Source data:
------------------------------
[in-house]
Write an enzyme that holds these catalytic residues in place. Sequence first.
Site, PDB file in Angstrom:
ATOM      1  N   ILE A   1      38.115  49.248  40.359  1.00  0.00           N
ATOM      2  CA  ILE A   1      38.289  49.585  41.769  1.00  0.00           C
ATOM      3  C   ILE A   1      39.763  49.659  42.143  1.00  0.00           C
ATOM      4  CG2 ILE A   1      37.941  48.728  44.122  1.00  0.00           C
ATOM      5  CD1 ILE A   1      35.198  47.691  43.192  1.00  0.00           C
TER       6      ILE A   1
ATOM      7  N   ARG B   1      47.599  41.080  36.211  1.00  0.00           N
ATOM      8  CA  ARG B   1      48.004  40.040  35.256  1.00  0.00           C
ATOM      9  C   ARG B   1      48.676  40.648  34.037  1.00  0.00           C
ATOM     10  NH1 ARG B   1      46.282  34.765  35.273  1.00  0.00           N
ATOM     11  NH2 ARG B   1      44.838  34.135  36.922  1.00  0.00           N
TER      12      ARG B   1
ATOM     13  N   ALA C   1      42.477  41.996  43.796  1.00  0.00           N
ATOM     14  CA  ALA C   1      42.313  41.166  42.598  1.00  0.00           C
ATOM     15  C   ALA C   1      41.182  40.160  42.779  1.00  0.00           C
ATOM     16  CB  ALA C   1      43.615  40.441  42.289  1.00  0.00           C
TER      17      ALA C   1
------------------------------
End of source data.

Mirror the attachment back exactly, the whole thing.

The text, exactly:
[in-house]
Write an enzyme that holds these catalytic residues in place. Sequence first.
Site, PDB file in Angstrom:
ATOM      1  N   ILE A   1      38.115  49.248  40.359  1.00  0.00           N
ATOM      2  CA  ILE A   1      38.289  49.585  41.769  1.00  0.00           C
ATOM      3  C   ILE A   1      39.763  49.659  42.143  1.00  0.00           C
ATOM      4  CG2 ILE A   1      37.941  48.728  44.122  1.00  0.00           C
ATOM      5  CD1 ILE A   1      35.198  47.691  43.192  1.00  0.00           C
TER       6      ILE A   1
ATOM      7  N   ARG B   1      47.599  41.080  36.211  1.00  0.00           N
ATOM      8  CA  ARG B   1      48.004  40.040  35.256  1.00  0.00           C
ATOM      9  C   ARG B   1      48.676  40.648  34.037  1.00  0.00           C
ATOM     10  NH1 ARG B   1      46.282  34.765  35.273  1.00  0.00           N
ATOM     11  NH2 ARG B   1      44.838  34.135  36.922  1.00  0.00           N
TER      12      ARG B   1
ATOM     13  N   ALA C   1      42.477  41.996  43.796  1.00  0.00           N
ATOM     14  CA  ALA C   1      42.313  41.166  42.598  1.00  0.00           C
ATOM     15  C   ALA C   1      41.182  40.160  42.779  1.00  0.00           C
ATOM     16  CB  ALA C   1      43.615  40.441  42.289  1.00  0.00           C
TER      17      ALA C   1